The proliferation of the gig economy has opened up swaths of new career avenues for those professionals that, today, reach beyond those mega-platforms. It’s a new generation of solopreneur that further blurs the line between independent contractor or gig worker, and small- to medium-sized business (SMB).
Over the years, B2B FinTech has stepped into the fill the gaps in financial technology designed for SMBs left behind by legacy financial institutions (FIs). Now, according to ZenBusiness Senior Vice President and Head of Product Lamine Zarrad, it’s time for a new age of SMB FinTech to fill similar gaps for solopreneurs.
In an interview with PYMTNS, Zarrad unwrapped the industry trends and SMB needs that have created opportunities for the next breed of SMB FinTech to support the next wave of SMBs.
SMBs’ Next Wave
With traditional FIs often finding SMBs too unprofitable to focus on product innovation, FinTechs have stepped in over the years to design platforms for this segment of the business community.
That innovative push eventually extended to the gig workers and independent contractors that began to flood the market thanks to the rise of mega-platforms like Uber and Grubhub. As more professionals explored the professional freedoms of gig work, FinTechs similarly explored how to support personal cash management for these individuals.
Today, noted Zarrad, there is a new wave of independent professionals.
“It’s no longer centralized across a few large players,” he said. “It’s completely decentralized. The contractor is no longer a glorified employee who checks in and checks out. They are functionally an SMB.”
As more professionals decide to part ways with the full-time workforce under a single employer, there is a point at which that individual becomes their own de facto SMB. And as such, the FinTech solutions once designed to help individuals manage finances as a gig worker are no longer tailored to the needs of the one-person SMB.
Zarrad highlighted a prolific list of workflows these professionals must now take on as their own SMB, including accounts receivable (AR) and accounts payable (AP), advertising, cash management and more.
Stepping in to address those needs, ZenBusiness has shifted its market strategy over the last year since its acquisition of Joust in July 2020. The effort could signal a broader shift in B2B FinTech; as the profile of a solopreneur shifts, so must the FinTechs that aim to service them.
Putting It All Together
According to Zarrad, this adjustment for ZenBusiness meant reconsidering the approach to an end user that has the same workflow needs as an SMB, but with only one person able to handle them. As a result, the end user required an approach to back-office automation that differs from much of the SMB FinTech solutions on the market today that prioritize integration with other third-party solutions.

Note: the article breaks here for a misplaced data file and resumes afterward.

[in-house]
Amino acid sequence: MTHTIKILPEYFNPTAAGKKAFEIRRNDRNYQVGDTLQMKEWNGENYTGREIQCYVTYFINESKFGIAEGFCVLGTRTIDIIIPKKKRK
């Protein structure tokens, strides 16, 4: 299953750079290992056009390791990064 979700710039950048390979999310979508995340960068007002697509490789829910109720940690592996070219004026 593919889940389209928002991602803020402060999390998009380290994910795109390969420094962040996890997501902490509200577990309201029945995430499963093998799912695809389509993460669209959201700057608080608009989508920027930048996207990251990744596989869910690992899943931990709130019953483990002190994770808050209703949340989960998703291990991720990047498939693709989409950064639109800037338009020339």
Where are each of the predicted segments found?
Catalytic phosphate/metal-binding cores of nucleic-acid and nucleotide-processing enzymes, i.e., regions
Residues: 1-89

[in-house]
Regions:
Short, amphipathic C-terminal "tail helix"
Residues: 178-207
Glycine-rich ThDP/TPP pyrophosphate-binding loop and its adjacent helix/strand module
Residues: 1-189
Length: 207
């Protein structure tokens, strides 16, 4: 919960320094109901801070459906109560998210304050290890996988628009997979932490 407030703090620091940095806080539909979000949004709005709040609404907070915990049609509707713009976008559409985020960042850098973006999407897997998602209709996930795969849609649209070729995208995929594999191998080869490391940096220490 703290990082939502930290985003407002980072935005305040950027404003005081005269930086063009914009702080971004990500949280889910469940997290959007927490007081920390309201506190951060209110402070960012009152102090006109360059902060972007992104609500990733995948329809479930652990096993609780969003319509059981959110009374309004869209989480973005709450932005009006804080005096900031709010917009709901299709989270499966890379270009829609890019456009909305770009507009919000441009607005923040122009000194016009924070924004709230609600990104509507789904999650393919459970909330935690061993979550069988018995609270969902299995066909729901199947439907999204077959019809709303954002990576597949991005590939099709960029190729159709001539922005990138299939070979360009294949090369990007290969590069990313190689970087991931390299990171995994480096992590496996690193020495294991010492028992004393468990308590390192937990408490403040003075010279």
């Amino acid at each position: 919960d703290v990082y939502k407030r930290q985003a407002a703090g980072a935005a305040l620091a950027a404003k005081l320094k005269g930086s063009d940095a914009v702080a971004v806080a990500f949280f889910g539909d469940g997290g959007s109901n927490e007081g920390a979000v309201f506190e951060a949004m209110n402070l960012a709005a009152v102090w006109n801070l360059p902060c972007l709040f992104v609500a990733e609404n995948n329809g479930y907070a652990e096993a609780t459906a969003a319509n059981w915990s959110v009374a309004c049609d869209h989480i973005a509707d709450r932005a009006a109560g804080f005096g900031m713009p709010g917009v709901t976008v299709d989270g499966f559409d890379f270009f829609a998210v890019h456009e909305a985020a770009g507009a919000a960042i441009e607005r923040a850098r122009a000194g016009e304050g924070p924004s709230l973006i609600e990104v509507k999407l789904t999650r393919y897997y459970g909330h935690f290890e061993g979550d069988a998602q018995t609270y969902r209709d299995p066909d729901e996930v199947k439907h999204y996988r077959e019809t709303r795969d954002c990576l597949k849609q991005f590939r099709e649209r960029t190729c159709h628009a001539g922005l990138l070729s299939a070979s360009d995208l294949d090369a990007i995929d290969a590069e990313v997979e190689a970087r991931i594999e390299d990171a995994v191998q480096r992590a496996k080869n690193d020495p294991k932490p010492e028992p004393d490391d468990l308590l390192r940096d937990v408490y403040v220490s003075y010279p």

“It’s very interesting because compared to traditional SMBs and startups that are happy, on average, to use 30 to 60 different products to operate, a business of one doesn’t have the savvy, they don’t have the ability to hire a CFO,” Zarrad said.
Rather than focus on cross-platform integration, ZenBusiness is instead investing in becoming an all-in-one solution for solopreneur end users. It’s the result of extensive research, Zarrad noted, that revealed the need for single-person operations to have all functions unified.
That’s no easy feat for a single FinTech. Today, ZenBusiness’s offerings, including its most recent rollout of ZenBusiness Money, include a variety of workflows like invoice, payment acceptance, reporting, website creation and more. But there are still features missing, leaving plenty of room for evolution.
For example, the platform today cannot facilitate payment initiation, although that service is currently in the platform’s product roadmap. Further, before the acquisition, Joust had an invoice financing functionality, a tool that Zarrad said was not migrated over to the newly merged ZenBusiness. But what did translate in the wake of the acquisition are concepts related to how to support a solopreneur in getting paid on time, including the best strategies for customer outreach and payment reminders.
The current ambiguity of the regulatory framework for these SMBs also leaves room for FinTechs to migrate the burdens of compliance — for instance, when onboarding a new client — from the solopreneur to the FinTech partner. As those regulations evolve, so will the FinTechs that must adhere to them.
Undoubtedly, the solopreneur FinTech industry is in flux, just as the solopreneur community is embracing new business and working models. There is plenty of work to be done, said Zarrad, not only in areas like risk management and compliance as regulations shift, but also across the broader concept of automation for the betterment of business financial health.
“Automation is a pretty broad concept, but automation, to us, means letting machines do a lot of the manual work and medial decision-making for our users,” he said. “Think of robo-advising and wealth management. We’re definitely architecting our solution to follow that blueprint.”